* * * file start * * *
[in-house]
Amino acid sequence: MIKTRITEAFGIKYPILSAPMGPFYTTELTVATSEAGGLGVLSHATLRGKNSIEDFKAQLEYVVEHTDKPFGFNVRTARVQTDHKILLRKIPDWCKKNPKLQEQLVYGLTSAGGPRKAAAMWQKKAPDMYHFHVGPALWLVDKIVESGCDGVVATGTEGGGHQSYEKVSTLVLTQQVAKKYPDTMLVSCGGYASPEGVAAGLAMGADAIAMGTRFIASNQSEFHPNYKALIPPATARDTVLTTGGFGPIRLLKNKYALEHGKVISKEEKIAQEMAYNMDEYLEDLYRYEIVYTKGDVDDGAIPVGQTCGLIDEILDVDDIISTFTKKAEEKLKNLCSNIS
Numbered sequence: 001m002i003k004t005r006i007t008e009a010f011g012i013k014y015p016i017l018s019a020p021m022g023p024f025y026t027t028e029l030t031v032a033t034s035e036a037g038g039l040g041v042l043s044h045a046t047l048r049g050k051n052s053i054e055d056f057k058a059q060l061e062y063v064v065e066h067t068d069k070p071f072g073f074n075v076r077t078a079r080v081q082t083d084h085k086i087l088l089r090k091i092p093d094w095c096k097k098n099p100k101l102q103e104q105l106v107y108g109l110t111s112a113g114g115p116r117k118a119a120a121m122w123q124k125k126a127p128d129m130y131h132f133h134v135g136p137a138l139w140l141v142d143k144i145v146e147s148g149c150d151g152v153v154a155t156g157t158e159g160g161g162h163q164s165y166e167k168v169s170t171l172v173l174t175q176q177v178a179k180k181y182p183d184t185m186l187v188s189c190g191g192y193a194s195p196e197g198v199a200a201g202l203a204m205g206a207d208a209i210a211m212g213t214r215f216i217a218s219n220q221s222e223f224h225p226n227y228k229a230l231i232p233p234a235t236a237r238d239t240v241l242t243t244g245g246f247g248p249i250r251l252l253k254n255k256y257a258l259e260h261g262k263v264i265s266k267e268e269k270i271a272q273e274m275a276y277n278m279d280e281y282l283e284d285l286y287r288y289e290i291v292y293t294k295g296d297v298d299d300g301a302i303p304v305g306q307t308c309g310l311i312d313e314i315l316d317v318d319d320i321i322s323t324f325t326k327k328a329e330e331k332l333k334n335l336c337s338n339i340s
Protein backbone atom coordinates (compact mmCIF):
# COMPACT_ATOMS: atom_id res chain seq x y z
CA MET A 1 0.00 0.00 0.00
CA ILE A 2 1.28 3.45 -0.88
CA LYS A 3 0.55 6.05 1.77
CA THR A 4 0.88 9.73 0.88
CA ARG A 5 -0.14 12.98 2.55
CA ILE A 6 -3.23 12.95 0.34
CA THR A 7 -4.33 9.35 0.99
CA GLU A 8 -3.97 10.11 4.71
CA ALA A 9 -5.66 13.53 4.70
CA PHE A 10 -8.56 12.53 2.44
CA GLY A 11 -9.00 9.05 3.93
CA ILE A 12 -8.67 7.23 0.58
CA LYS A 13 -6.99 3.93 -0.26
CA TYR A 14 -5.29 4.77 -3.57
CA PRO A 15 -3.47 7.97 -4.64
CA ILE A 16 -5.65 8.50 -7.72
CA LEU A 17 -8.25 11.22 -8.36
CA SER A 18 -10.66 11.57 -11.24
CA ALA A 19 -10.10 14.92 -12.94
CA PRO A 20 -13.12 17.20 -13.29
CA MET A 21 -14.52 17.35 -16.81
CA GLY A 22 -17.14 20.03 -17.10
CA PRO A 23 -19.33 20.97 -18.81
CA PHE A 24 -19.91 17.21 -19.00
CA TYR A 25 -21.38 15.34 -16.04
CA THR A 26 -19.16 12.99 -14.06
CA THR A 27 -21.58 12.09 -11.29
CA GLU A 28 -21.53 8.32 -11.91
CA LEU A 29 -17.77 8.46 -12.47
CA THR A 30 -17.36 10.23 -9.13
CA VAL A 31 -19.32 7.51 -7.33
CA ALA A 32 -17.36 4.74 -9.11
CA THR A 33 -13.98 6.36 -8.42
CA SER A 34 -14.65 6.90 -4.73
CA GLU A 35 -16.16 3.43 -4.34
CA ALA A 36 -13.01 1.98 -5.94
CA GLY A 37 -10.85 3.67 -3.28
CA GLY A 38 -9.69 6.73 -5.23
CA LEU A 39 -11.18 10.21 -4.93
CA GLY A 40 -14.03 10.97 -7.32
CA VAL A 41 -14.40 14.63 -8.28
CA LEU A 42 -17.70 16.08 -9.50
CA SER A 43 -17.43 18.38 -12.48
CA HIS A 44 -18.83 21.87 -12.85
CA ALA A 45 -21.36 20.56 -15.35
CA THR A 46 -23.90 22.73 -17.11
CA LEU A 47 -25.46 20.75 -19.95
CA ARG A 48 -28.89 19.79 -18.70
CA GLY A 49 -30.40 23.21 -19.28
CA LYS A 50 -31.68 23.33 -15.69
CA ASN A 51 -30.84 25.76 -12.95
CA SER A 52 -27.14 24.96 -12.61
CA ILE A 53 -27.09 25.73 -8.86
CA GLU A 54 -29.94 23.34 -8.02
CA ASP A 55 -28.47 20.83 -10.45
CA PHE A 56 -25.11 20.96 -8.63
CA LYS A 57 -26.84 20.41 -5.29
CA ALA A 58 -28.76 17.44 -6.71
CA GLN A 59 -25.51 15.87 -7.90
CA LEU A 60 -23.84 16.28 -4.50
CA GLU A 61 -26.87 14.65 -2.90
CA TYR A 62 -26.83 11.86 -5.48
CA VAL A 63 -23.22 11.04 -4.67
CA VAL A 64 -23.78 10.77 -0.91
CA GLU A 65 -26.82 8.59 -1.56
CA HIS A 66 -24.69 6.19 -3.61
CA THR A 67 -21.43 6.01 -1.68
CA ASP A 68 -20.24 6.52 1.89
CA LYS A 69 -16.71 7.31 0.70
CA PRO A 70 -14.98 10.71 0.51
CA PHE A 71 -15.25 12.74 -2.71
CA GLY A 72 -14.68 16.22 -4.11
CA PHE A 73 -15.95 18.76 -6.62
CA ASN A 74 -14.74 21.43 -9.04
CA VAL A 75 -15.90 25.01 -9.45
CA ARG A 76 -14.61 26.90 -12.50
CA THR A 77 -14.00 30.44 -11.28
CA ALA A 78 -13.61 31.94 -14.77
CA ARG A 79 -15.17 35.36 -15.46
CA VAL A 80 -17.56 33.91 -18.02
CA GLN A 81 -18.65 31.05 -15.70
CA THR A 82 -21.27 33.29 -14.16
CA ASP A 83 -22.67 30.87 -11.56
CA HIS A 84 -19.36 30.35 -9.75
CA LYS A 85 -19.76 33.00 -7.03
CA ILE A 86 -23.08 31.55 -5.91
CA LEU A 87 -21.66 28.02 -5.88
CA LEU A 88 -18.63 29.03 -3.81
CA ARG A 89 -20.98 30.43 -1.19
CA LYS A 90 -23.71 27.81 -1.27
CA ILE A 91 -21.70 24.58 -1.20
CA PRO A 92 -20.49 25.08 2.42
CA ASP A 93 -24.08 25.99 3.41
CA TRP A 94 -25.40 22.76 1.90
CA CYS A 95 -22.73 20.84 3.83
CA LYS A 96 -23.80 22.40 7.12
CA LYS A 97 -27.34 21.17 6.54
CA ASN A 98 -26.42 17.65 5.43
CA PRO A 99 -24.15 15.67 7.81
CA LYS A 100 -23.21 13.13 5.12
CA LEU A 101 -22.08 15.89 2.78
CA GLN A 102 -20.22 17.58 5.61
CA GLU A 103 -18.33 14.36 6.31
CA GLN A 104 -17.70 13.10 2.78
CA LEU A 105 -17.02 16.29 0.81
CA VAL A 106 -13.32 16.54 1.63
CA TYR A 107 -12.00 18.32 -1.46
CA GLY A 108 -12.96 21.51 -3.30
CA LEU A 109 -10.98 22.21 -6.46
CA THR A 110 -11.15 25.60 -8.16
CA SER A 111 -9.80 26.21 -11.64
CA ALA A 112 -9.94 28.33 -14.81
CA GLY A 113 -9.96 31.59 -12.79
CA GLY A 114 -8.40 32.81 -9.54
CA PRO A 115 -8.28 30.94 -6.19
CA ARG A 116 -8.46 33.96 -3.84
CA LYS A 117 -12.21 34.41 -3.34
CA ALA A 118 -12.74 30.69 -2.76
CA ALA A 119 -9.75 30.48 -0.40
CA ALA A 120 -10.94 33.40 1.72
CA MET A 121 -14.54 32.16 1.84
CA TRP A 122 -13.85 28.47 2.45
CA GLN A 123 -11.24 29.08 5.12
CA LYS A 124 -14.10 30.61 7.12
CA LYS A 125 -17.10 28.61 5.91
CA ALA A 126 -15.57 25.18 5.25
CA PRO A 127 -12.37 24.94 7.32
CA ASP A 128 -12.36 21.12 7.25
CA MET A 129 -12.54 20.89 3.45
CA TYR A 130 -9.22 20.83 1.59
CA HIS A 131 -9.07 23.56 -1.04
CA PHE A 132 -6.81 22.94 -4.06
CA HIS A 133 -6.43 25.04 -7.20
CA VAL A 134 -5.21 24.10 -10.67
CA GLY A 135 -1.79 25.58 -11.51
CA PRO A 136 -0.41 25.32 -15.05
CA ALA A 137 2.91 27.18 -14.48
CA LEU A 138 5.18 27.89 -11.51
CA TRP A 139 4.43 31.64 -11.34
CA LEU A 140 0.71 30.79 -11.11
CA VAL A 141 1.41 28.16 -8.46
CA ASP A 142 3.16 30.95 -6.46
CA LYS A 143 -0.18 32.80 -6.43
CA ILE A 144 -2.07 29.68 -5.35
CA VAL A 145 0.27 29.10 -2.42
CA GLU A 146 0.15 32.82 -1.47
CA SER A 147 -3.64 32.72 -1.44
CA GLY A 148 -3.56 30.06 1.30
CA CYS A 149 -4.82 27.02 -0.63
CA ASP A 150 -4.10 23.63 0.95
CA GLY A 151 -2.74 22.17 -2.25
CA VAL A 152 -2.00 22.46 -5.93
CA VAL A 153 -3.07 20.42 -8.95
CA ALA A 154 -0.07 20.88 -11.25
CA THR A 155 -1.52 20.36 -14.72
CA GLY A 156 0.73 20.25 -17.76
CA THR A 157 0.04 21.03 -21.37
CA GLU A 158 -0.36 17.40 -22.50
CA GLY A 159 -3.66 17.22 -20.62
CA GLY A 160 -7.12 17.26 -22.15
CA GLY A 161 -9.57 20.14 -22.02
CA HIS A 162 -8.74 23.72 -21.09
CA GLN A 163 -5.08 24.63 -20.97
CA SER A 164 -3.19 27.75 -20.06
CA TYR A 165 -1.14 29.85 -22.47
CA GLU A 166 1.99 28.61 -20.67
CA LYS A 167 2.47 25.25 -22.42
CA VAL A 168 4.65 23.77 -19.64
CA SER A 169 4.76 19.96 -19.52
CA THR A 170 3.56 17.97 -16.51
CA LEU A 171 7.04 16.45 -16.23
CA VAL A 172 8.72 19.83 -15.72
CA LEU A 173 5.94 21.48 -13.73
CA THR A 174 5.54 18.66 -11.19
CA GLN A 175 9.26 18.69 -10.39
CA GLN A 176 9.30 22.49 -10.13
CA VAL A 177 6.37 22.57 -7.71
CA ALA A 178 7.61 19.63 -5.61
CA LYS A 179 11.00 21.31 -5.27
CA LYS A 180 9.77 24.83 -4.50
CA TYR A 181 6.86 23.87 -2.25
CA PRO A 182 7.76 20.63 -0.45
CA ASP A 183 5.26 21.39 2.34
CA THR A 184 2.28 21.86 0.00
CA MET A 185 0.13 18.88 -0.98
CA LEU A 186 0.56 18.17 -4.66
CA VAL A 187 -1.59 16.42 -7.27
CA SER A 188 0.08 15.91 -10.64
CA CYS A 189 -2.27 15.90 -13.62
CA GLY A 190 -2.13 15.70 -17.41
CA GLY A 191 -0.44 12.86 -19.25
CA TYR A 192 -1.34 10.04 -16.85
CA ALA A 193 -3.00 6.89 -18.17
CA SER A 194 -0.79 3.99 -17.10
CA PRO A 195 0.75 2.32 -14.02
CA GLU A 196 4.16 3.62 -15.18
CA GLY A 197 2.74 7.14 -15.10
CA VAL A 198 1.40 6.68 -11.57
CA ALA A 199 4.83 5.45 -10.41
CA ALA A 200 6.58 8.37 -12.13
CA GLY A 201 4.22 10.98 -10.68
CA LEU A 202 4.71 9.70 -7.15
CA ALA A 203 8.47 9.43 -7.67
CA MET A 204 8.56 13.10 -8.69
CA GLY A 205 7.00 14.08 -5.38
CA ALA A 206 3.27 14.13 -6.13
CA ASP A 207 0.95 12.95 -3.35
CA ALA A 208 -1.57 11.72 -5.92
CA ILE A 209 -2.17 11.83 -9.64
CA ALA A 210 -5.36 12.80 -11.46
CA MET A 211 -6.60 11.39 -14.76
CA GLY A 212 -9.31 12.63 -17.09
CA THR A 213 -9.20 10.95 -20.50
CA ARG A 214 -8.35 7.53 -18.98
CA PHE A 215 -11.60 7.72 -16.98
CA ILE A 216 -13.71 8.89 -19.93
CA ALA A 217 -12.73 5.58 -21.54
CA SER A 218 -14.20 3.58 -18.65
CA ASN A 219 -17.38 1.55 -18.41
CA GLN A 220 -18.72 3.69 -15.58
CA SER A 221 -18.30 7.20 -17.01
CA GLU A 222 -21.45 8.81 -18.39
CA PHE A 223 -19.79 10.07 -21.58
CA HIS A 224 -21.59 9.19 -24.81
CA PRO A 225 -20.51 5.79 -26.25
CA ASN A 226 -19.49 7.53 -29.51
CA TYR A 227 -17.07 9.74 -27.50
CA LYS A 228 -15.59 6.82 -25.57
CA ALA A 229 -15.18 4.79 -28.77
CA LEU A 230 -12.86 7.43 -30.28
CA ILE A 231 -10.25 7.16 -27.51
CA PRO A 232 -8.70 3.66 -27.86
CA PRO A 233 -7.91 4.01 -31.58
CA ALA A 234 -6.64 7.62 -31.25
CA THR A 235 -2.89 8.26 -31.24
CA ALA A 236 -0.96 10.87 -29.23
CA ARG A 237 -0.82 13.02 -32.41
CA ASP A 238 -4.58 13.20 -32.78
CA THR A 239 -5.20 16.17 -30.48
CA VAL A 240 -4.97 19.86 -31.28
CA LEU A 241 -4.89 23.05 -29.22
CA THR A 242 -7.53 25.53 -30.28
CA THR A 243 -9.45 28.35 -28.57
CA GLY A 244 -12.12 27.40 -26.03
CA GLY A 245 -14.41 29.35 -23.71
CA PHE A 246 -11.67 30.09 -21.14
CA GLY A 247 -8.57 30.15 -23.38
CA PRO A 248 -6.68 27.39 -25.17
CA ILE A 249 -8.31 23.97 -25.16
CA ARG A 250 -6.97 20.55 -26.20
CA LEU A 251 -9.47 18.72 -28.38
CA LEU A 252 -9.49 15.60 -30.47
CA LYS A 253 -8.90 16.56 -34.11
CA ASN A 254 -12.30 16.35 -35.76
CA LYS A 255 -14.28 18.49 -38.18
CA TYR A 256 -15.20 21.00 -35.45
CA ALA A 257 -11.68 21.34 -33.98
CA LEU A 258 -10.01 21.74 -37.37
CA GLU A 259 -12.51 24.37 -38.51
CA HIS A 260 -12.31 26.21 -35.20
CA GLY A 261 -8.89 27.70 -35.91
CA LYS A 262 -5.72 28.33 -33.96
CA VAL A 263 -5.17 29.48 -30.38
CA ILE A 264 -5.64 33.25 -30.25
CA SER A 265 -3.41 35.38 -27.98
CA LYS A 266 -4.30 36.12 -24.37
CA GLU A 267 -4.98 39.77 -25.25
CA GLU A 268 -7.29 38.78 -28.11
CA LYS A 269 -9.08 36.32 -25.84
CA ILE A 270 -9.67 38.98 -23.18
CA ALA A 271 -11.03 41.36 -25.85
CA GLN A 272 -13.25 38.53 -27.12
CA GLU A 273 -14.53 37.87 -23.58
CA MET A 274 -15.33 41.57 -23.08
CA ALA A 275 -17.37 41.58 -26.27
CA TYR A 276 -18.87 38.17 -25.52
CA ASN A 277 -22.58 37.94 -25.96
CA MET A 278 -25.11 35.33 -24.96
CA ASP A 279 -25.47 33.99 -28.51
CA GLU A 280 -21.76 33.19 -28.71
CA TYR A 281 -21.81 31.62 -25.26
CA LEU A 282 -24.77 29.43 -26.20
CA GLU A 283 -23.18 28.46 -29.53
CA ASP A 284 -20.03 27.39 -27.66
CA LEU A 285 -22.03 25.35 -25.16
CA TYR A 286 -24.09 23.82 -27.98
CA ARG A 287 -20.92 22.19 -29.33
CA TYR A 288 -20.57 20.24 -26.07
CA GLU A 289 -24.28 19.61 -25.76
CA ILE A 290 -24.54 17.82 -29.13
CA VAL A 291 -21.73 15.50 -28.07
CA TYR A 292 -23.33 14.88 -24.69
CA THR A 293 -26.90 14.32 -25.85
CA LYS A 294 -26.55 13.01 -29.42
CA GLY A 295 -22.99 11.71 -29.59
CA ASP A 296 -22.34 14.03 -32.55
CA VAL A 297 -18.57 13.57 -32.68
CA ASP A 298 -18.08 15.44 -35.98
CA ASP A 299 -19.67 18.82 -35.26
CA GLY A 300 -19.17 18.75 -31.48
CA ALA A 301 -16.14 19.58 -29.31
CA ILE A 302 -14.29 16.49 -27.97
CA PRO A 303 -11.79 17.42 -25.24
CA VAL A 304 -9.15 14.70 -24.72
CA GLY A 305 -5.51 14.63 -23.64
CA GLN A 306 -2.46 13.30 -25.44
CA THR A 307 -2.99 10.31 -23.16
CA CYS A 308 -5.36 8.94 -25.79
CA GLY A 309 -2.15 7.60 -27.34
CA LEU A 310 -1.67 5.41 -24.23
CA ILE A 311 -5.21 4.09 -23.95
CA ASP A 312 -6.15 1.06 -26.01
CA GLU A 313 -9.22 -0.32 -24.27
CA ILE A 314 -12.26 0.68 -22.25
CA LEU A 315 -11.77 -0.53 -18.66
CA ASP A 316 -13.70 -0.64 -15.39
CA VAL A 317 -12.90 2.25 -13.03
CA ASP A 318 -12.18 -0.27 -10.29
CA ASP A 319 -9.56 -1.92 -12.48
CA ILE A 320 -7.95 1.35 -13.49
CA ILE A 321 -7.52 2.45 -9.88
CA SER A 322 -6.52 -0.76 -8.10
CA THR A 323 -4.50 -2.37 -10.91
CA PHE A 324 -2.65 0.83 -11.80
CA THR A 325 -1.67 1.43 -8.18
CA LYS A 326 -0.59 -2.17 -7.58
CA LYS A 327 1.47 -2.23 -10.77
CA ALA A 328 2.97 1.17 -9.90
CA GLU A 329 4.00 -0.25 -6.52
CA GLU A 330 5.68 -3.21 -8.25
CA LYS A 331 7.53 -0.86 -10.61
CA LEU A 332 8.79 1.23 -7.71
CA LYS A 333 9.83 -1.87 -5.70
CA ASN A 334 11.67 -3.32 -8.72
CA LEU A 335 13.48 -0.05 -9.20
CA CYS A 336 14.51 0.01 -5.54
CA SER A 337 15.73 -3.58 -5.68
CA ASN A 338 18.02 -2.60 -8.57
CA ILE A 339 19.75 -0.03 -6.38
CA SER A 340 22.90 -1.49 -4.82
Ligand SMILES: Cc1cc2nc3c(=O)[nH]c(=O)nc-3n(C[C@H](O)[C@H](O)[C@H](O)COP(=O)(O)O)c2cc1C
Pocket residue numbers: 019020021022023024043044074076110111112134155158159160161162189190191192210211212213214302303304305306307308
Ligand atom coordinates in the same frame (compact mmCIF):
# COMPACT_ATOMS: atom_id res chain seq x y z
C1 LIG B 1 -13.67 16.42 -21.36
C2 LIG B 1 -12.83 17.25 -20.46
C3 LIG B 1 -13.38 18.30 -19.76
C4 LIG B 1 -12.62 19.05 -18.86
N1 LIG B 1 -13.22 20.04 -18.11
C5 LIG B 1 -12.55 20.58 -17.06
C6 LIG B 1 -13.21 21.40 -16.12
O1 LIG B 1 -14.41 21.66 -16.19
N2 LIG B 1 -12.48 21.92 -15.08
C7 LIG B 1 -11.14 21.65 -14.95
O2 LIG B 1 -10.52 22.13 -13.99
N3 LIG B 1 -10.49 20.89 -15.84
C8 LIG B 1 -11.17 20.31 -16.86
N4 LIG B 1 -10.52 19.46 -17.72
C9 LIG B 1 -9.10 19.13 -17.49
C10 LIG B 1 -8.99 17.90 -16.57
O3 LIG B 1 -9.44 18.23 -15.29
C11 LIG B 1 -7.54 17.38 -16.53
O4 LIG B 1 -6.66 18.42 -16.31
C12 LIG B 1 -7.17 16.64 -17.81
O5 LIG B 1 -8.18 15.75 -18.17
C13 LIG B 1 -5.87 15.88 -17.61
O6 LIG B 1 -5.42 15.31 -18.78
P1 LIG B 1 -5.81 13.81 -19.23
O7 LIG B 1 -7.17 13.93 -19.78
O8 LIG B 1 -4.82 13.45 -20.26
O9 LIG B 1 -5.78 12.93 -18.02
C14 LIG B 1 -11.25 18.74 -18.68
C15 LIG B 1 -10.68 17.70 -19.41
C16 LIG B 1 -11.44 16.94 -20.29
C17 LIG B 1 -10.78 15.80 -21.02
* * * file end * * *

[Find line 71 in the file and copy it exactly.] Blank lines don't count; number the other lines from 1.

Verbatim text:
CA HIS A 66 -24.69 6.19 -3.61